Sobriety is a tricky business for “certified” addicts. Reluctance is natural, and can be overcome using some (what suits you) techniques. But, when you have your own brain playing the illusionist on you, it’s better to seek help. That’s not at all easy. I tell everyone that the first step is always, as they call it, “Acceptance”. Acceptance doesn’t come by easily. It’s only after you have been battered way beyond your tolerance threshold that you “begin” to realize that you have a problem (like diabetes or other chronic illnesses).
Once you know you have a problem, you should ideally seek help. Help can in the form of family, friends, support groups and/or other people in recovery. I must warn you that you will get vehemently strong urges to go back to your substance of choice; but you have to learn to be sincere with your own self. People say you lose your will power; I agree to that only in part, because with at least 3 full months of abstinence you start regaining some of your self confidence and willpower and to be able to make a choice. I often feel that everyone has their “aha” moment when they realize that they made a wrong choice, which of course led to many other such choices.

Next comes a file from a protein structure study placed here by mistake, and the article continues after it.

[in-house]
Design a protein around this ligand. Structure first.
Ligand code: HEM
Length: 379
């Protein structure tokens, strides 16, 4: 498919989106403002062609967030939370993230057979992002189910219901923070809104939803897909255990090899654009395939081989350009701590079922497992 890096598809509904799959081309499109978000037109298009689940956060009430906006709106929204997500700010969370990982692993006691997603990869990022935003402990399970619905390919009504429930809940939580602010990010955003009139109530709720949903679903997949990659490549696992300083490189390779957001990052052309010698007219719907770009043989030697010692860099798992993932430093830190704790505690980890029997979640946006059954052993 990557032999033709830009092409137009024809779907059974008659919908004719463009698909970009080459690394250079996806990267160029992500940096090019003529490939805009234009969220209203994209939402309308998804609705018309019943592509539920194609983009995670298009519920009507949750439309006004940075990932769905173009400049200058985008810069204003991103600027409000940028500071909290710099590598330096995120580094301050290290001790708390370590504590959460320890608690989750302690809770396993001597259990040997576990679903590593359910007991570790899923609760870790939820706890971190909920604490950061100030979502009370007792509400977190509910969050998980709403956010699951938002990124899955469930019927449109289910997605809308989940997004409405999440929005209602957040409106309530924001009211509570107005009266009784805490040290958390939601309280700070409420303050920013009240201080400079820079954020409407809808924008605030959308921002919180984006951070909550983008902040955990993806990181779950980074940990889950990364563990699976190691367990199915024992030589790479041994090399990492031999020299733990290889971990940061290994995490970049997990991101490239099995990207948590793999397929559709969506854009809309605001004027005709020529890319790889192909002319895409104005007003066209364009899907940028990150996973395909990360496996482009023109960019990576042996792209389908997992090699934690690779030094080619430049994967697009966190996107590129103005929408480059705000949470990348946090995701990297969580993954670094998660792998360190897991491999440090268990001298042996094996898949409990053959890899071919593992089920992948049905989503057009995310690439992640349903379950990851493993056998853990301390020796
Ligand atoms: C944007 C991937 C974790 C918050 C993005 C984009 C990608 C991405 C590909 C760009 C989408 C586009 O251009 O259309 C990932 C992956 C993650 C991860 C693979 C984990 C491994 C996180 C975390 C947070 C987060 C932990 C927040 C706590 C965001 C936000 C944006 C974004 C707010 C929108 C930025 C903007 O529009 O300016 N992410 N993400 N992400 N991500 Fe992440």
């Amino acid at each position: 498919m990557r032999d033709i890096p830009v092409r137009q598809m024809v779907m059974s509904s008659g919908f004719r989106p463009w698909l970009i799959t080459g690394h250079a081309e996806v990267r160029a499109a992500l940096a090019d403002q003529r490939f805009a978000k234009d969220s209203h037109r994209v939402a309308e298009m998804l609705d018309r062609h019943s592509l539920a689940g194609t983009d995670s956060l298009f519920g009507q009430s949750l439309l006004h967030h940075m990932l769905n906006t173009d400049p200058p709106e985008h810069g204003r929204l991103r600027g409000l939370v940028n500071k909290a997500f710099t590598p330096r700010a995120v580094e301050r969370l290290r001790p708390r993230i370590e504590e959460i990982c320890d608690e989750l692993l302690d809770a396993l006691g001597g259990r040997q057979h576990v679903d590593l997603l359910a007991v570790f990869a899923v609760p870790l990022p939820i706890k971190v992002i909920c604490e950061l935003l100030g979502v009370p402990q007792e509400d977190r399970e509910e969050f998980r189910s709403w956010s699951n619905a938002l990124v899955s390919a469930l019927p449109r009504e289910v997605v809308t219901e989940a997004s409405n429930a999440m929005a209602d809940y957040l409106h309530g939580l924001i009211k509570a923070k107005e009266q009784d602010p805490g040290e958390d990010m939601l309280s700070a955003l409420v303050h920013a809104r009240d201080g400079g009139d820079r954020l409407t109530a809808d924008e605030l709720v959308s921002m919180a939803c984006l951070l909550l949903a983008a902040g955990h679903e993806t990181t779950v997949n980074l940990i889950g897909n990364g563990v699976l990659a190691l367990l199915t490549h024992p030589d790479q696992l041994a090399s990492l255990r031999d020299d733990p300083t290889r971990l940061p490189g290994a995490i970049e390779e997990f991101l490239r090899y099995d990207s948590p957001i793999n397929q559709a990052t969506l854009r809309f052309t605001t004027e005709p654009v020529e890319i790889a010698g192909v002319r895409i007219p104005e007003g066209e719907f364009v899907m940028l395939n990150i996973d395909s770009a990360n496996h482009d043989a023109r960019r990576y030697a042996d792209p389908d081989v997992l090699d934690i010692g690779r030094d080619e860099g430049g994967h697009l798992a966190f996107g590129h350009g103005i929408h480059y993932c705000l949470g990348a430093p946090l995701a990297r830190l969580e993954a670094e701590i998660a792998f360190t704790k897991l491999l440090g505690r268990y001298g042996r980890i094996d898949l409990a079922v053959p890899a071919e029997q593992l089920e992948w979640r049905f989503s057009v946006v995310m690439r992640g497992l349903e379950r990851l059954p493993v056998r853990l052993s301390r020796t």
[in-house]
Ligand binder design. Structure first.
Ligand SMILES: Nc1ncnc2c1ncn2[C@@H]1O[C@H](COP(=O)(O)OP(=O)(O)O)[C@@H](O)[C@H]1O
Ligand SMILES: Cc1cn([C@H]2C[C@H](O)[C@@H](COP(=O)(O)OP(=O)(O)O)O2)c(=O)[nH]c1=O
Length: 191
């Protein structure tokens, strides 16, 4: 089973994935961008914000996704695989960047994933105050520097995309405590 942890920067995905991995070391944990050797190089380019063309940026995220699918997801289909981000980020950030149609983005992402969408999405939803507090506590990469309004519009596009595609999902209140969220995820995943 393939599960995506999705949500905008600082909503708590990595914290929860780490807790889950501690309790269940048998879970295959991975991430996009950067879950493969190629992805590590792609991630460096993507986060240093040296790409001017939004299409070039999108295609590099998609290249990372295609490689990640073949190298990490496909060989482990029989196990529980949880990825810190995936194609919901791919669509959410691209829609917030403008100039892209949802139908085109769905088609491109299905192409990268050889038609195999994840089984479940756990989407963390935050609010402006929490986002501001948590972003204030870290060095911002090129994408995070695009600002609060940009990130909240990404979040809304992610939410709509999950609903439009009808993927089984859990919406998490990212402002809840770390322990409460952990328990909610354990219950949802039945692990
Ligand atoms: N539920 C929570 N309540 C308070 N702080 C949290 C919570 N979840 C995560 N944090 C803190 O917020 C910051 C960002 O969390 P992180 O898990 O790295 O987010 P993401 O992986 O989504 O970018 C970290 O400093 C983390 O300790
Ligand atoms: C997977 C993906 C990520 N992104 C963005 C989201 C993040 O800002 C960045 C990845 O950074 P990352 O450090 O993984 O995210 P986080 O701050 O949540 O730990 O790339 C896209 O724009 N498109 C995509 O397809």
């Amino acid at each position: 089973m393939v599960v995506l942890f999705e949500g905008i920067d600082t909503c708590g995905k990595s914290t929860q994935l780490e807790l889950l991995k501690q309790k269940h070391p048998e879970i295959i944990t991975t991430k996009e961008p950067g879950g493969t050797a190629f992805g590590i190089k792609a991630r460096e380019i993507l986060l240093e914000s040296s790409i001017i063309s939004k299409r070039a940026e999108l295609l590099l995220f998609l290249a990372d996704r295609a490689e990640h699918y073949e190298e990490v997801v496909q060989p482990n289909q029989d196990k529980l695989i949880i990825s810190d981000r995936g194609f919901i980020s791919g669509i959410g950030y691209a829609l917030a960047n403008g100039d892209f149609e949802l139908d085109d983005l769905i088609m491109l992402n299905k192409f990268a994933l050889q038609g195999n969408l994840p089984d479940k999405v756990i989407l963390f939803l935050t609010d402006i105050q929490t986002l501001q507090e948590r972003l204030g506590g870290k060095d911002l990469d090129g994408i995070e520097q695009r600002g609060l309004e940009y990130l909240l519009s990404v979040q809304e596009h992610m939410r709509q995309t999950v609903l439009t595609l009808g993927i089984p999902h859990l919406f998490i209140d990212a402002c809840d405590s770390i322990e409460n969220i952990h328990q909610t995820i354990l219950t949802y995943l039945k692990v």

Faith, is a big word
Addicts usually have low self esteem, so they are prone to not believing someone from their support system. Train yourself to be able to give all your own decisions in the hands of your support system. That will not only keep you sober, but give your brain chemistry some time to adjust to the new lifestyle. It only gets better with each passing day, but once you have walked the coal, the new “you” would be much, much stronger than you can imagine.
“Hope is a good thing, and no good thing ever dies”
as famously quoted by Tim Robbins (Andrew Dufresne) in the movie- Shaw Shank Redemption.
You can easily find out if you are someone who may be abusing substance/s. This link is actually from the AA website, but you can replace the word “alcohol” with your drug of choice. That’s where your support system has to play a vital role in maintaining your abstinence. Be truthful, be willing, be accepting and you will see the blue bird one day.
Additionally there are facebook and other independent chat rooms for people in substance abuse recovery.
Remember, if you think you have missed the bus and it is too late to quit, catch the next bus on the road to recovery. Good luck!